As far as first weeks of grand tours go, the opening week of La Vuelta a Espana, 2021 edition, has been more than satisfactory, as far as Team Jumbo Visma fans are concerned. Which is more than can be said for the other two, this year.

The final grand tour of the season has a familiar feel to it: for the second season in row, team leader Primoz Roglic heads to the race hoping to end his season on a high, following disappointment at the Tour de France. Last year it was the drama of the final day’s time trial loss to Tadej Pogacar. This year, the outcome was the same in terms of the eventual winner, but it was brutal crashes and the resultant injuries that forced Rogla to bow out of the race early. For the second consecutive year following disappointment in France, Primoz goes to Spain hoping to win. Even more significantly, a win this year would complete a hattrick rarely seen in modern cycling.

The short, technical opening day’s prologue was 7.1km of cobbles, twists and turns and short climbs. Fresh from his gold medal winning performance in Tokyo, the Olympic time trial champion took to the course on his custom-made golden cervelo and matching helmet, a tasteful reminder of his achievement. Primoz was the last man to roll off the start ramp on a day that had provided many great performances, the greatest to that point being produced by Astana’s Alex Aranburu, who had kept his spot in the so-called hot seat for a significant period of time. When Roglic came across the line 6 seconds faster, it felt almost cruel, but it was not unexpected.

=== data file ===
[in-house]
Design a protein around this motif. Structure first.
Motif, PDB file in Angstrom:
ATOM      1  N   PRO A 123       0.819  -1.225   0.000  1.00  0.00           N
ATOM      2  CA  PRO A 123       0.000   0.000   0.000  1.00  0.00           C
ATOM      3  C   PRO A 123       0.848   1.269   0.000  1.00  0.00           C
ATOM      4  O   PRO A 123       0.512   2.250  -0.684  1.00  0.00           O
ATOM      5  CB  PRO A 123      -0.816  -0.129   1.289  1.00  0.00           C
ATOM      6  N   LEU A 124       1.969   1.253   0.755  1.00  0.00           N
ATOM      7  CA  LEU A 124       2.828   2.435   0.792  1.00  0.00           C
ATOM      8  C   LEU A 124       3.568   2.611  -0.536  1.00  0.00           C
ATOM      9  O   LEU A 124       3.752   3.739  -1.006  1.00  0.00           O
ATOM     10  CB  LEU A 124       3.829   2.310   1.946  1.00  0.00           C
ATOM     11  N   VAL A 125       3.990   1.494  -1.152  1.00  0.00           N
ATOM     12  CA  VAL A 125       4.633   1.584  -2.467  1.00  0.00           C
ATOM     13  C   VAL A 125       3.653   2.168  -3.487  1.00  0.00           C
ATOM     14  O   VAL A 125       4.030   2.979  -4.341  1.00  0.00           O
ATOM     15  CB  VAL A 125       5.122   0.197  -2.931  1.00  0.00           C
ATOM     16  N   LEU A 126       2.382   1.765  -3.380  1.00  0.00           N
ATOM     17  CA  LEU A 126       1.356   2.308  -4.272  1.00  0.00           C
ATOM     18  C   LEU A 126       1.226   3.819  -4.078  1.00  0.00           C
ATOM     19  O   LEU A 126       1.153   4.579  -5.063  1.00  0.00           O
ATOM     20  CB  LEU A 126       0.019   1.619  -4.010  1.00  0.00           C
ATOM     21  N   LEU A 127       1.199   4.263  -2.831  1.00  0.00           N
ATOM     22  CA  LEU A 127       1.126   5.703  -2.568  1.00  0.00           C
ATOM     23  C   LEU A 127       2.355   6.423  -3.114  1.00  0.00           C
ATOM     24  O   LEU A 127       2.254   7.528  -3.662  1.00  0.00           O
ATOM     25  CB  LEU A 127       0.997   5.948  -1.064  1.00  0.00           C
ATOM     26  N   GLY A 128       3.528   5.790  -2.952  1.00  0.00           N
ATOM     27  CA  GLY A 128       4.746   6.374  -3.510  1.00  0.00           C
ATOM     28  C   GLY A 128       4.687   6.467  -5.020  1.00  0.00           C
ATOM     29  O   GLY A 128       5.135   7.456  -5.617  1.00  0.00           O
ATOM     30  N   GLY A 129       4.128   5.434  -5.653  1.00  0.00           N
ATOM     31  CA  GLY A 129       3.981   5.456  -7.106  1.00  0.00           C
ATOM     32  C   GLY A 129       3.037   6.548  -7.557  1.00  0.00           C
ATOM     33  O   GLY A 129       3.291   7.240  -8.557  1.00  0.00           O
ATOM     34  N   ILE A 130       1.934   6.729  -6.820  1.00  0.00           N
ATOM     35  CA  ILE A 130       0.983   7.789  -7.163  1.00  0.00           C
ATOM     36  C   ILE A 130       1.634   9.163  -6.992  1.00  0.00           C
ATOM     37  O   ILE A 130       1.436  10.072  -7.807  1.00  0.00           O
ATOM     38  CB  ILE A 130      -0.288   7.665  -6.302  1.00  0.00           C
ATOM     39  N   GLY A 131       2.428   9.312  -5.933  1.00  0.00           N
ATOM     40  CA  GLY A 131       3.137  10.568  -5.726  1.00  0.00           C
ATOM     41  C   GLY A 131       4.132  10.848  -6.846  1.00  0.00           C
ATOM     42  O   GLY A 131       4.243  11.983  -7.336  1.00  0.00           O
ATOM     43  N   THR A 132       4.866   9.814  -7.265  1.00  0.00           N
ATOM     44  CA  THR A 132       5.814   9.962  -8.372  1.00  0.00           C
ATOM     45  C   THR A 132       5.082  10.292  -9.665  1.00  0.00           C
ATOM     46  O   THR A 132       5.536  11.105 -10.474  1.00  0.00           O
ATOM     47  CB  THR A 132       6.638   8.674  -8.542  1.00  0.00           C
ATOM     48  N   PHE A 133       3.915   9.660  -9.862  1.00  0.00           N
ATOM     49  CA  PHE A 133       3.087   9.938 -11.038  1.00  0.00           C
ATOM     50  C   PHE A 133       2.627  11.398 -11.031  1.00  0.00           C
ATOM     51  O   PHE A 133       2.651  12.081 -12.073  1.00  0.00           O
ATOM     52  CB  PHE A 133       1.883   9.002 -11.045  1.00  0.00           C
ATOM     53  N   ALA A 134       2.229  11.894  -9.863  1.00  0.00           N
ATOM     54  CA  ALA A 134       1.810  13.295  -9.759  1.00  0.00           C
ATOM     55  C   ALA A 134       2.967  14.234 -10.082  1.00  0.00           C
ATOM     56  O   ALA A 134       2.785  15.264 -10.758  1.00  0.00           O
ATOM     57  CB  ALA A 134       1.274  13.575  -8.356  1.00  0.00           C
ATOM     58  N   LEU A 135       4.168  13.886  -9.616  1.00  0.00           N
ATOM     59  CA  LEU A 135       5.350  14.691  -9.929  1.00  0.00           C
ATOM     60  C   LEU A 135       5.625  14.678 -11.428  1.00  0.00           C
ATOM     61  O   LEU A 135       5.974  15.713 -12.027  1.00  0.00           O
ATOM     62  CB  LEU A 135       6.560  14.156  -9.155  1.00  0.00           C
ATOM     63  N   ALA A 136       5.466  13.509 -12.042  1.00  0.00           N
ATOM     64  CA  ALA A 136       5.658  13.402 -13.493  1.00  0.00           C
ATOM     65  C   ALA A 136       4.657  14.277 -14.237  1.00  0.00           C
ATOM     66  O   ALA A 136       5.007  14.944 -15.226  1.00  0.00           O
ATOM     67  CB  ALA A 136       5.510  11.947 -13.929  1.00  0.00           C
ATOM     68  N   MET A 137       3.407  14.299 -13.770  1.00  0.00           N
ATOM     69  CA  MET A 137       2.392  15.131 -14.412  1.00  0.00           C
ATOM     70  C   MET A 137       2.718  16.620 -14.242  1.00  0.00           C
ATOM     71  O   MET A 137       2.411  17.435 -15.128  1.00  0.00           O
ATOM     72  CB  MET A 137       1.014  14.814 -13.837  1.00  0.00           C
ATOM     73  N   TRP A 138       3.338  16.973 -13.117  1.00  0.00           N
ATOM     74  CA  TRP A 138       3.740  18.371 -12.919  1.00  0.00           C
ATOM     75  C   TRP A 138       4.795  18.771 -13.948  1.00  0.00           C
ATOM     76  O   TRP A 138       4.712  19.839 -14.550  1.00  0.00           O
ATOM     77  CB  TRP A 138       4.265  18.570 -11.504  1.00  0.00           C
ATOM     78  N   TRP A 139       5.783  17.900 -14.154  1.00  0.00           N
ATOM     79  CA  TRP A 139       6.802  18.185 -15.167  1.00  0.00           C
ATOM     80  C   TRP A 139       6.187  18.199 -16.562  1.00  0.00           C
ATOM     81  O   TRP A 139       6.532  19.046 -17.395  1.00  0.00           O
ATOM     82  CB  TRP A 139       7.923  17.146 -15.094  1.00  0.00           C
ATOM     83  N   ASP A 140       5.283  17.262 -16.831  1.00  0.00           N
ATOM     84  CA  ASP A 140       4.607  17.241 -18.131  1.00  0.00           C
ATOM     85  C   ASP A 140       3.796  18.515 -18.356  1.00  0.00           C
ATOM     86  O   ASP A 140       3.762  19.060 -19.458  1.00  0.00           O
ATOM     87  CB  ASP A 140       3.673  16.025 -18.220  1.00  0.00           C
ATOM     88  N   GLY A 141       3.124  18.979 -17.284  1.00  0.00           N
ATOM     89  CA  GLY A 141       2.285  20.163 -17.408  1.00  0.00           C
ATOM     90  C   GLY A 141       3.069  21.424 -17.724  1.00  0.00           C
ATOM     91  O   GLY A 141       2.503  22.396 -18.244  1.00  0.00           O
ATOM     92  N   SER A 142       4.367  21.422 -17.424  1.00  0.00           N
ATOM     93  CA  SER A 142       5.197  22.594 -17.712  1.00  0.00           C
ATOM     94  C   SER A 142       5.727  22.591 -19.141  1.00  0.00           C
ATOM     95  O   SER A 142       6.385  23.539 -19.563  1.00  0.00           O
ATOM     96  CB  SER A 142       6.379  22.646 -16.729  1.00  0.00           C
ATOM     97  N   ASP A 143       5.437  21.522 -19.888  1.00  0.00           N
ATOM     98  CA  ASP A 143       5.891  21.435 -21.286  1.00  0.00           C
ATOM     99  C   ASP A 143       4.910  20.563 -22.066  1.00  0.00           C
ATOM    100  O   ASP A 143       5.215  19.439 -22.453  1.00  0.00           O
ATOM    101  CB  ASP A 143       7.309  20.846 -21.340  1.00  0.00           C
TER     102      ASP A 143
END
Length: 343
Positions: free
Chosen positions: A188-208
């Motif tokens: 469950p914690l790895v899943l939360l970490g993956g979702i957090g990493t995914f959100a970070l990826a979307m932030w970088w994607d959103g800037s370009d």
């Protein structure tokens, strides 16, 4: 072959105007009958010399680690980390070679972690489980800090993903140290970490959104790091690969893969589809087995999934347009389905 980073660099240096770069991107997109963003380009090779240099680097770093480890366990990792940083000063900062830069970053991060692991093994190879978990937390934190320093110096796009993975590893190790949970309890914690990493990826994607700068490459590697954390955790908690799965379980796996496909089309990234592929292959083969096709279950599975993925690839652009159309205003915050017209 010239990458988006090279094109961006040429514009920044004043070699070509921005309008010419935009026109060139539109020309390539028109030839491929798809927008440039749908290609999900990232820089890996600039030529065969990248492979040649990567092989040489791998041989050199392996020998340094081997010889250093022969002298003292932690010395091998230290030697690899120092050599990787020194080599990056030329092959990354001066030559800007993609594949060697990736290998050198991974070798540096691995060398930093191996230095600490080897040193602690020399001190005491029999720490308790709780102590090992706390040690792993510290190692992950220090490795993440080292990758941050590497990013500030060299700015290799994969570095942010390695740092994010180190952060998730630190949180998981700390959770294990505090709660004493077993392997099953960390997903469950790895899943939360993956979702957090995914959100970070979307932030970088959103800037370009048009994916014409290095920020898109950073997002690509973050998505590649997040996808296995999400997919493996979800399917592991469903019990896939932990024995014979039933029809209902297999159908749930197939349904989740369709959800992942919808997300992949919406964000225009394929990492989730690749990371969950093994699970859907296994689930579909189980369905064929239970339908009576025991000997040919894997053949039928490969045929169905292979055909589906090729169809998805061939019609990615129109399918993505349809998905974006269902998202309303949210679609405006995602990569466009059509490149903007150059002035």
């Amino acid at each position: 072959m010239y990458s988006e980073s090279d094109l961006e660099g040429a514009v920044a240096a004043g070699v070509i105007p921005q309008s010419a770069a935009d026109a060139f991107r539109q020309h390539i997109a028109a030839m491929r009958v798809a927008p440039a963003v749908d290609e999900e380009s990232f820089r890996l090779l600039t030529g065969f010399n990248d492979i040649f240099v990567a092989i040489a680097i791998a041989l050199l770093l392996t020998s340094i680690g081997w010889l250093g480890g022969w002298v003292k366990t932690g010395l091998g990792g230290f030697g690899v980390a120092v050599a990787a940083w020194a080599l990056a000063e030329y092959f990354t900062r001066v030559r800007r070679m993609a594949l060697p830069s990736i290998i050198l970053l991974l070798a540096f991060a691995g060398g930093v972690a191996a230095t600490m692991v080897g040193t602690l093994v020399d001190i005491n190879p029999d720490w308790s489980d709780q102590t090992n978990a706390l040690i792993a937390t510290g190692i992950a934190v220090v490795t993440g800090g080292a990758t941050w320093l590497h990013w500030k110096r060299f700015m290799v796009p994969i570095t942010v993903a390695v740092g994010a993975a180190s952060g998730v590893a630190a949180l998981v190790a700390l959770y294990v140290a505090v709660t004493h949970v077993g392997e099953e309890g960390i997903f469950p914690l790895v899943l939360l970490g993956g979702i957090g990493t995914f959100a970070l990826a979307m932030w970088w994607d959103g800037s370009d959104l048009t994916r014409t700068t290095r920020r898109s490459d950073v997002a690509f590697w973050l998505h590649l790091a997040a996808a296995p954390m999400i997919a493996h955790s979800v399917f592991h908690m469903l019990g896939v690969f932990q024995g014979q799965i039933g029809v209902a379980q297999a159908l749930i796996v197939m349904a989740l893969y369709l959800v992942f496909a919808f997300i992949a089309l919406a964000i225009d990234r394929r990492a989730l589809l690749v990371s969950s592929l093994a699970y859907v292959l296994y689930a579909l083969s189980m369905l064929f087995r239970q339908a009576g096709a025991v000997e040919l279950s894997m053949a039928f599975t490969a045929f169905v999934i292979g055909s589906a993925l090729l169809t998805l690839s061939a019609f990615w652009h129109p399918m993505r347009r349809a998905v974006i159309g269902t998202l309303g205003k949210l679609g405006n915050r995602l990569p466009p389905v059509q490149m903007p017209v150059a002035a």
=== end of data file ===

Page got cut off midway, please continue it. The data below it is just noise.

With the red jersey on Roglic’s back, and the unexpected bonus of Sepp Kuss taking the mountains jersey, Jumbo Visma shifted into defence mode. Stage 2 was all about control and keeping a cool head, which didn’t prove problematic for the team. However, with the steep climb of Picón Blanco to contend with at the finish, stage 3 offered an early opportunity for the climbers to have a dig; equally, it represented the first real challenge to Primoz’s red jersey defence.

It was a day for the breakaway in the end, with Intermarche Wanty-Gobert Materiaux’s Estonian veteran Rein Taaramae taking the stage honours and with it, the jersey; such was the time gap he pulled out over the GC group. This was a group that contained Primoz, along with two of the three INEOS Grenadiers leaders (not Richard Carapaz, who suffered on the climb), three from Movistar, Mikel Landa and Giulio Ciccone. The elite group was rising to the top quite literally, but Enric Mas was the only one able to steal a few seconds on his rivals over the line.

The next few days were all about consolidation and Jumbo Visma played it smart, conserving their energy and enjoying the luxury of not having to drive the peloton, thanks to the red jersey residing with other teams, changing hands from Taaramae to Trek Segafredo’s Kenny Ellissonde, and the sprint teams pushing the pace as Jesper Phillipsen and Fabio Jakobsen traded blows on the flat stages.